Thursday, August 9, 2018

BryonySeries Throwback Thursday: Croquet's Outrageous History, Part One

Tuesday, November 2, 2010

Croquet's Outrageous History, Part One

At Simons Mansion’s garden party, Melissa is relieved to learn croquet is one of the planned amusements, since she had previously played it with her family at a picnic.

Of course, the annoying presence of Henry Matthews considerably diminishes her fun, especially after he sarcastically compares her playing style to Mrs. Joad, winner of the first women’s croquet championship, held in 1869 in England.

However, despite the Victorian fondness for croquet (which Boston banned in 1890 for moral reasons because young people might disappear into shrubbery together to look for balls), the game has a long, interesting, and somewhat amusing history. It has been utilized as medicinal exercise, deemed character-building and a substitute for warfare, banned for threatening civilization, and been the catalyst for full-dress balls.

Thank you Maui Croquet Club ( for sharing the croquet facts on the game’s early years.

· BC: Romans play Paganica where they walked across fields and hit a small, leather ball with a curved stick and aimed to strike certain trees. The winner was the person who hit all the trees in the fewest possible strokes.
· 1300s: Peasants in Languedoc (southern France) played a game where they hit balls with shepherd crooks through bent willow branches.
· 1830: A French doctor developed a new version of the sport, named it croquet (French for “crooked stick”), and used it as a form of outdoor exercise for his patients.
· 1851: John Jacques II, famous toy and game manufacturer, introduces croquet at the Great Exhibition in England. The game quickly becomes the vogue throughout Europe and the entire British Empire.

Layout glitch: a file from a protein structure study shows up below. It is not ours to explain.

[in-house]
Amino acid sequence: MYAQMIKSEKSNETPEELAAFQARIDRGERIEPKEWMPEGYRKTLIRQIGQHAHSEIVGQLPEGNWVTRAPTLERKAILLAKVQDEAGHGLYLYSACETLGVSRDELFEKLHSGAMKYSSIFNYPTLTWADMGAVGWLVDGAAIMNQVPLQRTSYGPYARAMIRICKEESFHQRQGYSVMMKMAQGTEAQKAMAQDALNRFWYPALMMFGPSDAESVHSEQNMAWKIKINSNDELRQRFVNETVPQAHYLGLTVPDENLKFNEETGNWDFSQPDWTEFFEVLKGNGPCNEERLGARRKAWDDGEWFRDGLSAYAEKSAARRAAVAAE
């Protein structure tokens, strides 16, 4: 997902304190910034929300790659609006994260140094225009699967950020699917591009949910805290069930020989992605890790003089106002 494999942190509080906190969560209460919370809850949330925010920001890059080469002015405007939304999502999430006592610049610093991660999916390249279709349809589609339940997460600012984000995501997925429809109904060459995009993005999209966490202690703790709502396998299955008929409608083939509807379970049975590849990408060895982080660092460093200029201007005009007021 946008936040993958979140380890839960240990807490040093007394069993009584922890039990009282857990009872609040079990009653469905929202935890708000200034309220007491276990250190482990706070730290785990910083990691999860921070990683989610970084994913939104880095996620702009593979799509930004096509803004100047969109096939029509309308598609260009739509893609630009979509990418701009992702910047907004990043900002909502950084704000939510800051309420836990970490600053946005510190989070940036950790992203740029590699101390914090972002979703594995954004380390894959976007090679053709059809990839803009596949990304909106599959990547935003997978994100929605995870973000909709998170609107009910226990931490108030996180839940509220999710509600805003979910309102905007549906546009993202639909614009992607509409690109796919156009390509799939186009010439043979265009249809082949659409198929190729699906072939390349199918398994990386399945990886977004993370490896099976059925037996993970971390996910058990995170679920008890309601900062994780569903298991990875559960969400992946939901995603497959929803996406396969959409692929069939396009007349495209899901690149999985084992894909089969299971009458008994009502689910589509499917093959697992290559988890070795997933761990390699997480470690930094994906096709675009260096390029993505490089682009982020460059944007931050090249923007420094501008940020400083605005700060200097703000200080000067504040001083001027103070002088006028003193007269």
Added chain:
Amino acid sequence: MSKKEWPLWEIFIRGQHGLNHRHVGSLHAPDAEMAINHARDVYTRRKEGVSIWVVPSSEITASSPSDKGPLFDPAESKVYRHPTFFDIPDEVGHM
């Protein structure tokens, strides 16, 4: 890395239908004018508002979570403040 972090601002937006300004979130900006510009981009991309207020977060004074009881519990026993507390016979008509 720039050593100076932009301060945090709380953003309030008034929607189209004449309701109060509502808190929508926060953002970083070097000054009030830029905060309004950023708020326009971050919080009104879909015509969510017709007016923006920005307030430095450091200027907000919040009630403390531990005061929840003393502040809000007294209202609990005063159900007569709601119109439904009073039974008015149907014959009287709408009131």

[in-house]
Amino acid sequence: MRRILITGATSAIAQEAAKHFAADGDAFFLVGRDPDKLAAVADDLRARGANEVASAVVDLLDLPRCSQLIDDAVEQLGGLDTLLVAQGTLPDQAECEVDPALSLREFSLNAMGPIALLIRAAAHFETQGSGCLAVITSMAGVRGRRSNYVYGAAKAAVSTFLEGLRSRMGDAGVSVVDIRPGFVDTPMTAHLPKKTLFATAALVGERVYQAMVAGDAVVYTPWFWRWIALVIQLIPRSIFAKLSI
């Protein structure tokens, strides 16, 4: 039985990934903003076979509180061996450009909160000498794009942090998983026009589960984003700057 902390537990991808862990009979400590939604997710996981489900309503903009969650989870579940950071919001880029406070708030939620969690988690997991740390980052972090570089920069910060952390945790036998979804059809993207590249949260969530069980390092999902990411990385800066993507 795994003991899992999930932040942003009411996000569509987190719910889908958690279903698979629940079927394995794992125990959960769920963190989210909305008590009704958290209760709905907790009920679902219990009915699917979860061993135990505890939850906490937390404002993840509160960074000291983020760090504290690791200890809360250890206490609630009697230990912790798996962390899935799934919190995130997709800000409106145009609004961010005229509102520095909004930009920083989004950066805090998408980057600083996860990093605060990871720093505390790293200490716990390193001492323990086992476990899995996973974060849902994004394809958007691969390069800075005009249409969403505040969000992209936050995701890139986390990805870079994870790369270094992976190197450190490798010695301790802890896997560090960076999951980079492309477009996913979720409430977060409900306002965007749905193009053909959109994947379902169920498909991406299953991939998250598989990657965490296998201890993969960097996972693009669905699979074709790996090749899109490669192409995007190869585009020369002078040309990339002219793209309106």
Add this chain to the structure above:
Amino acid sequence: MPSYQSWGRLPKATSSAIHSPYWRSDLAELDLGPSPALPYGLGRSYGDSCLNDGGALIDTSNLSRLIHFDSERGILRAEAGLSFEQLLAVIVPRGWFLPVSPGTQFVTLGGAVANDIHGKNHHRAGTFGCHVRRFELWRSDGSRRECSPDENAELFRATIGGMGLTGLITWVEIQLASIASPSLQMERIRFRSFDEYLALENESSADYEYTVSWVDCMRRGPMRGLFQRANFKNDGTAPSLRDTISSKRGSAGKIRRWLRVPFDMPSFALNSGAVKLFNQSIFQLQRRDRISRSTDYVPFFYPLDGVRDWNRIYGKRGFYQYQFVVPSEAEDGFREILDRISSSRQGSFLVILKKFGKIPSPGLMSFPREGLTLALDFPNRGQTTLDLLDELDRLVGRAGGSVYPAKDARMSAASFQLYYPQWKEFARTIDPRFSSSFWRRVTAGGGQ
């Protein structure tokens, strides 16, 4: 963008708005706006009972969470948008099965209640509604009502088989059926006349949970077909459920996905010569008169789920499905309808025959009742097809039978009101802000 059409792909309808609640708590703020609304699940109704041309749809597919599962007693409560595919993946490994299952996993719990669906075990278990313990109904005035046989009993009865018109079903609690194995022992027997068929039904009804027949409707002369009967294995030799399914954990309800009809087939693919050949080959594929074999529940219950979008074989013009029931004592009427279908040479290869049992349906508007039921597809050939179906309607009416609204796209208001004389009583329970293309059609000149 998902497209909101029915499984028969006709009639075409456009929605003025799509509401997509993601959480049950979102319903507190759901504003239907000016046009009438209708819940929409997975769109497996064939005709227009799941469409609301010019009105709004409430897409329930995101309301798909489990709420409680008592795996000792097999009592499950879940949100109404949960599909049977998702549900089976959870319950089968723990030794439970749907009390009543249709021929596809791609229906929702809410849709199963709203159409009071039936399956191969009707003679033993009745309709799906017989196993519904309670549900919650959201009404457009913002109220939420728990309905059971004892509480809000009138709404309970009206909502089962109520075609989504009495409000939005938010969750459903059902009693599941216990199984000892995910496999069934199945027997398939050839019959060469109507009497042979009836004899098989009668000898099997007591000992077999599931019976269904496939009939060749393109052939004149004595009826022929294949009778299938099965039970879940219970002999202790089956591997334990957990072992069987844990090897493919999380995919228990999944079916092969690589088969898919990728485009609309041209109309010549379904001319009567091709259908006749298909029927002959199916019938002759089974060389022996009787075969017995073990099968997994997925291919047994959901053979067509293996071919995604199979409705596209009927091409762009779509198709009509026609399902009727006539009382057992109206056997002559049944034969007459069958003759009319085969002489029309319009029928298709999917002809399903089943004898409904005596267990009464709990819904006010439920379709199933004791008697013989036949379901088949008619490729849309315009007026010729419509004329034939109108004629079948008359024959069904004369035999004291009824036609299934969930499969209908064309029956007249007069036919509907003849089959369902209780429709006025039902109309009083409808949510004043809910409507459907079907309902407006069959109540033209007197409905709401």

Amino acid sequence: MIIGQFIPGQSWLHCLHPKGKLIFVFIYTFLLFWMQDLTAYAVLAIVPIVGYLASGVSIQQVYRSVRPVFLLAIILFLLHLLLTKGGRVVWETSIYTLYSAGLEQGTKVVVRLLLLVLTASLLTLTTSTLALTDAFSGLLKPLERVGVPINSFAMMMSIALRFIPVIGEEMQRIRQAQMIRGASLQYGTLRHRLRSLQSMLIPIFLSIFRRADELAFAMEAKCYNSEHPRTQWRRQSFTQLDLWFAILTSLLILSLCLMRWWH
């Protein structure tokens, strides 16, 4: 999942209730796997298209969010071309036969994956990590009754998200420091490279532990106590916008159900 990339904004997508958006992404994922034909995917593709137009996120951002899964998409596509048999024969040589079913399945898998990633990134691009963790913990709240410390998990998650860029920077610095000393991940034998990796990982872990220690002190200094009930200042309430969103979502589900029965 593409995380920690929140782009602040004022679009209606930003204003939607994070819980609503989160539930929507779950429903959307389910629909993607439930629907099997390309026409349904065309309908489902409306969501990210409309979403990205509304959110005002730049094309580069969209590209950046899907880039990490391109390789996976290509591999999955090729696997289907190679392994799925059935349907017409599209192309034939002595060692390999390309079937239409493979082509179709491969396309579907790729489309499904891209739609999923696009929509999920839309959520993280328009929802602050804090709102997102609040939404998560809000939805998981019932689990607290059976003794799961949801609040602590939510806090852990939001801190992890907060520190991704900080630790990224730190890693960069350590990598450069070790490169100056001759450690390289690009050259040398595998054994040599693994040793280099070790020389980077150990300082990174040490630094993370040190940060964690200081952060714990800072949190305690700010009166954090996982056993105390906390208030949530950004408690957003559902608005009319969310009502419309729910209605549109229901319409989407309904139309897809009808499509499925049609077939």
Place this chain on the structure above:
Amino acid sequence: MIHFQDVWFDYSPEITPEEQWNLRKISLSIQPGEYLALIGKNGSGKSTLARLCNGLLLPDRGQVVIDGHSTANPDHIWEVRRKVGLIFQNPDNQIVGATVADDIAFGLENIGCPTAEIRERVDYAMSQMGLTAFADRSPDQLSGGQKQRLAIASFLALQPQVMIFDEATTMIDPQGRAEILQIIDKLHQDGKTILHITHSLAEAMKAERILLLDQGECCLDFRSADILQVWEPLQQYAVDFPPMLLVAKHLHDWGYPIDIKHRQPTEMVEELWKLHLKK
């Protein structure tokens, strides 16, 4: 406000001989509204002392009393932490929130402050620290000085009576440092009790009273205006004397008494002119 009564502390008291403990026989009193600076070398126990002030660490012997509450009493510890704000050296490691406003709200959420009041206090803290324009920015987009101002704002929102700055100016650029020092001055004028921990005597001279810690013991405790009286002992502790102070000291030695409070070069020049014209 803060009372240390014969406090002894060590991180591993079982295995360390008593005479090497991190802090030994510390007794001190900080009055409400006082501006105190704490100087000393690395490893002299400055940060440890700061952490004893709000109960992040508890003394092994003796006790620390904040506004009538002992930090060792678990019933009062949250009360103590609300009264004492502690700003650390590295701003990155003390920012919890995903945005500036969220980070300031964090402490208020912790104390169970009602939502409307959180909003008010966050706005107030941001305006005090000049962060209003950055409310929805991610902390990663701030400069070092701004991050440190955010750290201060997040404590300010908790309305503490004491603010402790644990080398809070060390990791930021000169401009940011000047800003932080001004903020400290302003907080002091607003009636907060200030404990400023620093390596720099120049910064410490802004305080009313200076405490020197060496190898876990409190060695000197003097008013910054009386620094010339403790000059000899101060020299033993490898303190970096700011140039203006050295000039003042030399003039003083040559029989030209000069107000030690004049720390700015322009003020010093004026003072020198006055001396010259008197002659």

· 1859: First record of a croquet court in the USA, at Nahant, MA.
· 1863: Captain Thomas Mayne Reid wrote, Croquet: A Treatise and a Commentary, in which he argued that croquet was a character building alternative to actual warfare.
· 1864: John Jacques brought the rights to the rules of croquet and printed 25,000 copies of Croquet: Its Laws and Regulations. Mysteriously, the first edition of this work is described as “thoroughly revised.” That same year, the Park Place Croquet Club of Brooklyn organizes with 25 members with the quote, “Croquet is probably the first game played by both men and women in America.”
· 1867: French dictionary, for the first time, defines croquet as a game.
· 1870: The city father of Boston banned croquet as a dangerous occupation conducive to moral corruption, if not a threat, to the very structure of civilization. A councilor commented, “The lady, placing her foot upon one of two closely juxtaposed balls and administering a sharp thwack with her mallet, gives a thinly disguised symbol of female aggression against male society. Where will it all end?”
· 1871: The National Croquet Club held an extravagant tournament, in which 17,000 troups paraded around the courts, spectators were packed five deep, and there was a full-dress ball.
· 1872: Lewis Carroll invented Arithmetical Croquet.
· 1878: President Rutherford B. Hayes spent $6 of American taxpayer money on a set of fancy, boxwood, croquet balls.
· 1891: McLoughlin Brothers copyrighted the rules for Tiddledy Wink Croquet, and E.I. Horsman came out with Lo Lo the New Parlor Game Croquet where colored discs represent the (croquet) balls, and the “mallet discs” are used to snap them in positions or through the arches.

Denise M. Baran-Unland

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